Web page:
Louisville Water Removes All Known Lead Service Lines

The utility announced it has succeeded in removing 74,000 lead lines. Now, it's looking to help customers remove lead service lines on the private side.

Louisville Water Removes All Known Lead Service Lines

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Louisville (Kentucky) Water Co. recently announced an important achievement for public health. Louisville Water has removed all its known lead service lines that deliver drinking water — a milestone that only a few water utilities in the United States have achieved.

In all, Louisville Water removed approximately 74,000 lead service lines that were installed between 1860 and 1936.

Louisville’s drinking water doesn’t contain lead when it leaves the treatment plants. The risk for lead to get in the drinking water happens as the water travels through pipes and plumbing that contain lead. Louisville Water’s scientists balance the water chemistry to minimize the risk, but eliminating the lead service line is important. There is no safe level of lead in drinking water, and lead can be especially harmful to children, according to Louisville Water president and CEO Spencer Bruce.

“This is a proud day for our community and our employees,” he says. “The work to replace the lead service lines started with company leaders who preceded me. We accomplished this milestone while balancing dozens of important projects. It’s been a long road, but I’m proud to carry out the vision.”

Why use lead pipes?

When Louisville Water began producing and delivering water in 1860, lead was the material of choice to connect Louisville Water’s service to a customer’s property. Lead was easy for crews to work with and affordable. Louisville Water installed approximately 74,000 lead service lines between 1860 and 1936 before switching to copper service lines.

In the 1970s, Louisville Water began to replace a lead service line as they were discovered during routine work or water main breaks. Then, in the 1990s, the company began a focused approach to go block-by-block and replace the lead lines.

It took over 50 years and more than $50 million to remove the lines that were spread throughout Louisville Water’s service area, with the greatest concentration of lines in older neighborhoods that were established before the 1930s.

“This achievement by Louisville Water Co. is a great example of how our city innovates,” says Louisville Mayor Greg Fischer. “Removing lead pipes from the city’s water system is something that only a handful of cities have accomplished and shows how Louisville Water distinguishes itself as a national best-in-class water utility.”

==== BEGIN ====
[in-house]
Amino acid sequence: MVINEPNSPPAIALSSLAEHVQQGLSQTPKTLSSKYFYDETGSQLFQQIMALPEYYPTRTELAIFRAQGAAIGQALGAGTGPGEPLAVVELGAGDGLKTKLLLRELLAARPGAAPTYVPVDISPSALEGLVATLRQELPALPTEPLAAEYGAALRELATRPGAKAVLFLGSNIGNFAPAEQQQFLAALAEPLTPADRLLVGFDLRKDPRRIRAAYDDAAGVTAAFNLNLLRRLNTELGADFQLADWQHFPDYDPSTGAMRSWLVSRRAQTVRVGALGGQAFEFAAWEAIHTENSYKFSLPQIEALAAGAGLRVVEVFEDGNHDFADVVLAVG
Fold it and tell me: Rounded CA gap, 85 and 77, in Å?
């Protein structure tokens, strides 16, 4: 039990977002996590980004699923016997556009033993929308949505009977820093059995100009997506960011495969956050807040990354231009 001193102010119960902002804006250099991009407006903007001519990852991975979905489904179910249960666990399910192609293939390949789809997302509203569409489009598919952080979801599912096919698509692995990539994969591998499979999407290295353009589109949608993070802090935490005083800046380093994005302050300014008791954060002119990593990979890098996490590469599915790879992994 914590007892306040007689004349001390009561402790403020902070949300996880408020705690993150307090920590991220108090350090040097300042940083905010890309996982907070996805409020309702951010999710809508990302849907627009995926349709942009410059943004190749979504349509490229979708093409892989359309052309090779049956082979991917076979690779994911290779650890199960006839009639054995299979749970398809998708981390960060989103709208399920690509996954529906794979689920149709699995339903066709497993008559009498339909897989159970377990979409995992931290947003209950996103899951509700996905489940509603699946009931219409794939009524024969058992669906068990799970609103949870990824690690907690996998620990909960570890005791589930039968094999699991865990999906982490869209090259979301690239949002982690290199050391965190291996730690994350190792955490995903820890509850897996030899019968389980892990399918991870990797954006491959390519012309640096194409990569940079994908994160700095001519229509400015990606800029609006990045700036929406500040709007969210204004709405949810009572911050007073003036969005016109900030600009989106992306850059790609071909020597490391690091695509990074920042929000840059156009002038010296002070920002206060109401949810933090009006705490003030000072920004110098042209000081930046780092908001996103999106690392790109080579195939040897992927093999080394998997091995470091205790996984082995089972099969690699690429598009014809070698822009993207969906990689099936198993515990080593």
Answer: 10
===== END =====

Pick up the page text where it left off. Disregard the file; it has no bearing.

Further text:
Tackling the private side

Now, Louisville Water wants to help customers remove a lead service line on their property. Customers are responsible for the water lines on their property, and a small percentage have a lead line that goes into their home.

Louisville Water encourages the full replacement of lead service lines so it is offering to help customers cover the costs. The utility has announced will pay up to 50% of the cost for a licensed plumber to replace a private outdoor lead service line, up to $1,500. For customers who need assistance with the remaining costs, the Louisville Water Foundation has funding for those who meet certain criteria.

“We know that there is no safe blood lead level for children,” says Dr. Sarah Moyer, Louisville’s chief health strategist and director of the Louisville Metro Department of Public Health and Wellness. “Even low levels of lead in blood have been shown to affect IQ, the ability to pay attention, and academic achievement. We are fortunate that lead in drinking water is not a public health concern in Louisville. I applaud our partners at Louisville Water Company for ensuring all water service lines are lead-free and taking the extra step to help customers remove their own lead service lines on their properties.”

Louisville Water has begun to contact approximately 800 customers who have a private lead service line, according to the company’s records, to offer help. The utility says it understands customers may have questions about determining if they have a lead service line on their property. While a licensed plumber can verify, homes built after 1950 should not have an outdoor lead service line. Louisville Water also offers free water quality analysis for lead, and customers can request a free kit through the company’s website.



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